B.C. Brokers Stress Snowmobile Safety

As regulators in British Columbia consider changing snowmobile regulations, brokers who sell off-road vehicle coverage there will keep their own messaging consistent: it’s safer to have coverage.

In the wake of an avalanche that killed two snowmobilers in B.C.’s back country, the province’s solicitor general, Kash Heed, said this week that the province would revisit current licensing and insurance requirements for the vehicles. At present, snowmobilers only need a license and insurance if their vehicle will cross public roads.

But brokers familiar with snowmobiling have long encouraged that riders protect themselves with third-party liability coverage, in case they injure someone else while riding. “It’s just like car insurance,” says Brennan Garrecht, a broker at Capri Insurance.

Specialized coverage

The Kelowna-based brokerage has a department dedicated to all-terrain vehicles, and sells its own specialized snowmobile coverage that responds to crashes and third-party liability. That coverage—available to members of the province’s snowmobiling federation– would help airlift out a rider stranded in the backcountry, address physical damage and third-party liability.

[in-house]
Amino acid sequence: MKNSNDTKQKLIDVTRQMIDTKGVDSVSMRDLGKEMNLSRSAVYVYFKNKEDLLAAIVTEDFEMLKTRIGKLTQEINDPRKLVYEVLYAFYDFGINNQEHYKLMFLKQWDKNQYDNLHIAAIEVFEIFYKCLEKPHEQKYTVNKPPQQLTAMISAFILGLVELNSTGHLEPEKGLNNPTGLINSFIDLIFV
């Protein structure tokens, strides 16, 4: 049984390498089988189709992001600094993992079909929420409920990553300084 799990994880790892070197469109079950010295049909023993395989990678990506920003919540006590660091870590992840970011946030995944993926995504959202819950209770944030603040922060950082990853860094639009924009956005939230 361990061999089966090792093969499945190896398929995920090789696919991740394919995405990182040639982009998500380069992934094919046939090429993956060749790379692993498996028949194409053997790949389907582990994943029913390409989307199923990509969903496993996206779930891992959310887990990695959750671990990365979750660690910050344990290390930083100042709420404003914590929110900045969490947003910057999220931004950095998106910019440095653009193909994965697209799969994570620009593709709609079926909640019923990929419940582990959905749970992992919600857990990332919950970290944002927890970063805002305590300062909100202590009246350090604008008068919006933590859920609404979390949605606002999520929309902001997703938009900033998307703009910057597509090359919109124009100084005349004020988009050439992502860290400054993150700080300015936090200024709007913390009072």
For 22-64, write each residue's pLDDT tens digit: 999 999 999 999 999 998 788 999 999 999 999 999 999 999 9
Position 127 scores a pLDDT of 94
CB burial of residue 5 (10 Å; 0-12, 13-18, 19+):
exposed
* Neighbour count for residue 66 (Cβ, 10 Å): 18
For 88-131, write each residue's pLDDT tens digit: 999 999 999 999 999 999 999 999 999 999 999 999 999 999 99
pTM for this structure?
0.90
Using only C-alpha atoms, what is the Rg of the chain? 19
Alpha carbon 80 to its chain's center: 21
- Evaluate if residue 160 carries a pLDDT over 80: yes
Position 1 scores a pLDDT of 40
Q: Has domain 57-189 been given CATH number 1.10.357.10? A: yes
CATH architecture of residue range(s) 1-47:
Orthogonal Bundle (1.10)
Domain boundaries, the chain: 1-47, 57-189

The ICBC also offers snowmobile coverage, which includes accident benefits.

At Capri, Garrecht stresses specialized training for riders, like avalanche training, as well as coverage. Brokers there also encourage new riders to join a club, and ride with a group that has good information on conditions and safe trails. “It’s much safer to go with clubs,” he says.

At Kami Insurance in Vancouver, broker John Kami Takahara doesn’t see a lot of requests for snowmobile insurance, but when riders do come in, “we tell them it’s in their best interest” to get coverage, he says.

New safety framework

At present, the  province’s public insurer doesn’t have specific messaging for Autoplan brokers on snowmobile safety, “but that will change,” says Mark Jan Vrem. Last year, the Ministry of Tourism announced a new off-road vehicle framework that emphasized safety for off-road vehicles, including snowmobiles.

That framework requires off-roaders and snowmobilers to wear helmets and use lights during low visibility conditions, and calls for appropriately-sized machines, adult supervision and reduce speed limits for riders under 16.

“It is important to recognize that all recreation enthusiasts are taking some measure of personal risk when choosing to venture into remote and unmaintained areas of Crown land,” Jan Vrem said in an email to CI.
“We strongly encourage all recreationists to be well-prepared before heading out into the backcountry; this includes letting someone know where you are going.”

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